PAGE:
EAR TO THE GROUND
Sometimes you have to be a tourist in your own city. My first place in Vancouver was across the street from Queen Elizabeth Park and I never once walked through the labyrinth of plants and animals that make up The Bloedel Conservatory. Not long ago, I had a photo shoot and ended up being two hours early. Since the studio was in the area I decided to spend some of my extra time taking in the horticulture at one of Vancouver's hidden gems. As soon as I walked in, the humidity hit me. I should have expected it; the varietals of plants and birds need the temperatures to hover in a particular range in order to thrive.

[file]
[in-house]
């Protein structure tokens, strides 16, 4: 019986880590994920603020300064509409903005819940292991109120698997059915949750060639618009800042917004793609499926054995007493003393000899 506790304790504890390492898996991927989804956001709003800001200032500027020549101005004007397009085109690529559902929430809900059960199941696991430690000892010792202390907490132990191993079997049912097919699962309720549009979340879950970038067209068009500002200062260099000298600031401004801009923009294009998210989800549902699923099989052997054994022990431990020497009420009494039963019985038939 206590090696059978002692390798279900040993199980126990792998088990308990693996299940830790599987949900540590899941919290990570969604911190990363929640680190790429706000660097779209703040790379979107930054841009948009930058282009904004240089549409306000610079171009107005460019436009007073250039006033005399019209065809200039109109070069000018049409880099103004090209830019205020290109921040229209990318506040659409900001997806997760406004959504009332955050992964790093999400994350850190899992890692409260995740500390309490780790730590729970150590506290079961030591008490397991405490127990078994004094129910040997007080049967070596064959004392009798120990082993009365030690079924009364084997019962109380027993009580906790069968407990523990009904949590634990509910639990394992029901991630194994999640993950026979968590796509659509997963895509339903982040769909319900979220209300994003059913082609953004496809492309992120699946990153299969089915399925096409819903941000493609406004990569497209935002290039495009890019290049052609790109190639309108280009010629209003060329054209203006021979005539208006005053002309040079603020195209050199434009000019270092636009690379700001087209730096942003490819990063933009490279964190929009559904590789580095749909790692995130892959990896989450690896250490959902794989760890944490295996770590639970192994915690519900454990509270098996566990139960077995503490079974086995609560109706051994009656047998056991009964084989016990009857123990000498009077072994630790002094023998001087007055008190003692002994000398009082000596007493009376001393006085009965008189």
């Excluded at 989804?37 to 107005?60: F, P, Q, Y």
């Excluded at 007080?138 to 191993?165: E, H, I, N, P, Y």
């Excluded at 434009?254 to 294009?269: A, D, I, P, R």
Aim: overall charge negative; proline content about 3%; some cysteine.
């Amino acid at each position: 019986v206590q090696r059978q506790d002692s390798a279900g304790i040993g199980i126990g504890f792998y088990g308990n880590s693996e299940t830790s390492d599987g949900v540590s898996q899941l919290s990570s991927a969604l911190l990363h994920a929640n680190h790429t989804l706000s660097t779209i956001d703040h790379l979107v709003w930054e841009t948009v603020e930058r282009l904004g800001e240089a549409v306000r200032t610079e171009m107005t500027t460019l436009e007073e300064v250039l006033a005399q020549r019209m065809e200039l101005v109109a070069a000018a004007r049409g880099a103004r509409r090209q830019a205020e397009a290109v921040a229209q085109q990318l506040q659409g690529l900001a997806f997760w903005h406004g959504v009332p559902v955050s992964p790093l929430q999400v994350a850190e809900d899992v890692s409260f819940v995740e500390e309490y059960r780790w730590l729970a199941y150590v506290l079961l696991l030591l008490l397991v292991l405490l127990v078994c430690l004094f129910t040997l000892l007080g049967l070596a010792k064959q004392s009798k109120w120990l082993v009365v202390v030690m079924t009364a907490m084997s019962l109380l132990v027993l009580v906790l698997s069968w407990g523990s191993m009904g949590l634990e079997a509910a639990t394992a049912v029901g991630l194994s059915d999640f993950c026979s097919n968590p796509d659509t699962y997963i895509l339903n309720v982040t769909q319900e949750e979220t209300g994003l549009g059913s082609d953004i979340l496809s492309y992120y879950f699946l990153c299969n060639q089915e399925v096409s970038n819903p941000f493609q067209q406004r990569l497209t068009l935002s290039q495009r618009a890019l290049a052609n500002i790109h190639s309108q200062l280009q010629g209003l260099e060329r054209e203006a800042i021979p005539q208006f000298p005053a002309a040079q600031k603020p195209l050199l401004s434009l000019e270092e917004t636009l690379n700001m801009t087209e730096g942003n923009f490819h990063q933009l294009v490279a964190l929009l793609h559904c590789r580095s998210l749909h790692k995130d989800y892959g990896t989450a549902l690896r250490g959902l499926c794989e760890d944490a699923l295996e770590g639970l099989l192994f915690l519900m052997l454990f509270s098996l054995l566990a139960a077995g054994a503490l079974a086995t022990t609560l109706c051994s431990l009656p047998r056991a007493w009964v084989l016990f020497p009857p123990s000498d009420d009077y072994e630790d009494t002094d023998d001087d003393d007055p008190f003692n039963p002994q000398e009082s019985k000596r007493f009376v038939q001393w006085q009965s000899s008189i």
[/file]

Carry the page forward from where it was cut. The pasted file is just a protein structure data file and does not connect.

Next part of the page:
My walking map helped me to break down the mix of plant life that was sprouting and reaching everywhere. A keen eye is needed to spot some of the birds, as they don't exactly just sit there waiting for you to check off your list of species one by one. The exception: a crew of different parrots and macaws dotted in different areas of the conservatory. From the pale green feathers of Nelson, a Hahn's Dwarf Macaw, to the bright reds and turquoise blues of Carmen and Maria, the whole cast was visually apparent. Rosie, an African Grey Parrot, was looming in size against the others and her breed is ," …considered among the most intelligent of animals, ranking alongside dolphins and chimpanzees…". Then there was Ruby and Kiwi, a pair of Eclectus or King Parrots, who were perched up on a branch as I turned the corner for the exit, there loud caw thanking me for my patronage. A mix of purples and reds decorated one of the birds and it seemed an homage to the intricate patterns of nature.